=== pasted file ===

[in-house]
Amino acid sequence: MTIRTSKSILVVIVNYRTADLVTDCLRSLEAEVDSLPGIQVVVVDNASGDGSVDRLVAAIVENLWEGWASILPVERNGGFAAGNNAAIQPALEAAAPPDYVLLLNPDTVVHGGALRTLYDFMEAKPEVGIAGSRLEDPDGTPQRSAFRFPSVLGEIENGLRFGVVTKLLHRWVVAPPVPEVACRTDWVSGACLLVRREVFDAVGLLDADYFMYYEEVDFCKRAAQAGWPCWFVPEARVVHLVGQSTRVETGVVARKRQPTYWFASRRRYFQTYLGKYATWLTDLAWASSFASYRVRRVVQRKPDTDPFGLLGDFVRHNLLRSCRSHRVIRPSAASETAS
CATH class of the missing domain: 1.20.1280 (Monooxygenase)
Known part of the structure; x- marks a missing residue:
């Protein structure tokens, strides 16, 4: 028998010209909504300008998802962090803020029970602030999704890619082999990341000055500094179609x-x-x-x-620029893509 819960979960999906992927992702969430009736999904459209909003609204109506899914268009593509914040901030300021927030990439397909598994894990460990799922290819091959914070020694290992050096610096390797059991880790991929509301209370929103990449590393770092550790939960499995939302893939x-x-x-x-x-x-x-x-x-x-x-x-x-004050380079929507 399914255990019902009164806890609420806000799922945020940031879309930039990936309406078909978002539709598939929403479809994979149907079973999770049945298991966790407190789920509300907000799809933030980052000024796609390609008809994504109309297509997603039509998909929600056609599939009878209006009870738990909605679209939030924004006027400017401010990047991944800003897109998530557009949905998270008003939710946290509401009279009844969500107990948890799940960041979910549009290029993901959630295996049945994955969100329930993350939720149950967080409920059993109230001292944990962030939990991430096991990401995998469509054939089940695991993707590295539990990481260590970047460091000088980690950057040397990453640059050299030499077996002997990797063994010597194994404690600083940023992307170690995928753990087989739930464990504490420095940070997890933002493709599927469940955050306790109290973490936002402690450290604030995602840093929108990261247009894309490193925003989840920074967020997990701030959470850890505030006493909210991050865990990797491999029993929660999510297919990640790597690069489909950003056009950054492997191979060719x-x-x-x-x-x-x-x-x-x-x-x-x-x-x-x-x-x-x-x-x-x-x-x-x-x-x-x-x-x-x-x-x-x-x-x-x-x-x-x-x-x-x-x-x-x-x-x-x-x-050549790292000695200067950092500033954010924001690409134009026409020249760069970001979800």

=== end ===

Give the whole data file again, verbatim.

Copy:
[in-house]
Amino acid sequence: MTIRTSKSILVVIVNYRTADLVTDCLRSLEAEVDSLPGIQVVVVDNASGDGSVDRLVAAIVENLWEGWASILPVERNGGFAAGNNAAIQPALEAAAPPDYVLLLNPDTVVHGGALRTLYDFMEAKPEVGIAGSRLEDPDGTPQRSAFRFPSVLGEIENGLRFGVVTKLLHRWVVAPPVPEVACRTDWVSGACLLVRREVFDAVGLLDADYFMYYEEVDFCKRAAQAGWPCWFVPEARVVHLVGQSTRVETGVVARKRQPTYWFASRRRYFQTYLGKYATWLTDLAWASSFASYRVRRVVQRKPDTDPFGLLGDFVRHNLLRSCRSHRVIRPSAASETAS
CATH class of the missing domain: 1.20.1280 (Monooxygenase)
Known part of the structure; x- marks a missing residue:
């Protein structure tokens, strides 16, 4: 028998010209909504300008998802962090803020029970602030999704890619082999990341000055500094179609x-x-x-x-620029893509 819960979960999906992927992702969430009736999904459209909003609204109506899914268009593509914040901030300021927030990439397909598994894990460990799922290819091959914070020694290992050096610096390797059991880790991929509301209370929103990449590393770092550790939960499995939302893939x-x-x-x-x-x-x-x-x-x-x-x-x-004050380079929507 399914255990019902009164806890609420806000799922945020940031879309930039990936309406078909978002539709598939929403479809994979149907079973999770049945298991966790407190789920509300907000799809933030980052000024796609390609008809994504109309297509997603039509998909929600056609599939009878209006009870738990909605679209939030924004006027400017401010990047991944800003897109998530557009949905998270008003939710946290509401009279009844969500107990948890799940960041979910549009290029993901959630295996049945994955969100329930993350939720149950967080409920059993109230001292944990962030939990991430096991990401995998469509054939089940695991993707590295539990990481260590970047460091000088980690950057040397990453640059050299030499077996002997990797063994010597194994404690600083940023992307170690995928753990087989739930464990504490420095940070997890933002493709599927469940955050306790109290973490936002402690450290604030995602840093929108990261247009894309490193925003989840920074967020997990701030959470850890505030006493909210991050865990990797491999029993929660999510297919990640790597690069489909950003056009950054492997191979060719x-x-x-x-x-x-x-x-x-x-x-x-x-x-x-x-x-x-x-x-x-x-x-x-x-x-x-x-x-x-x-x-x-x-x-x-x-x-x-x-x-x-x-x-x-x-x-x-x-x-050549790292000695200067950092500033954010924001690409134009026409020249760069970001979800």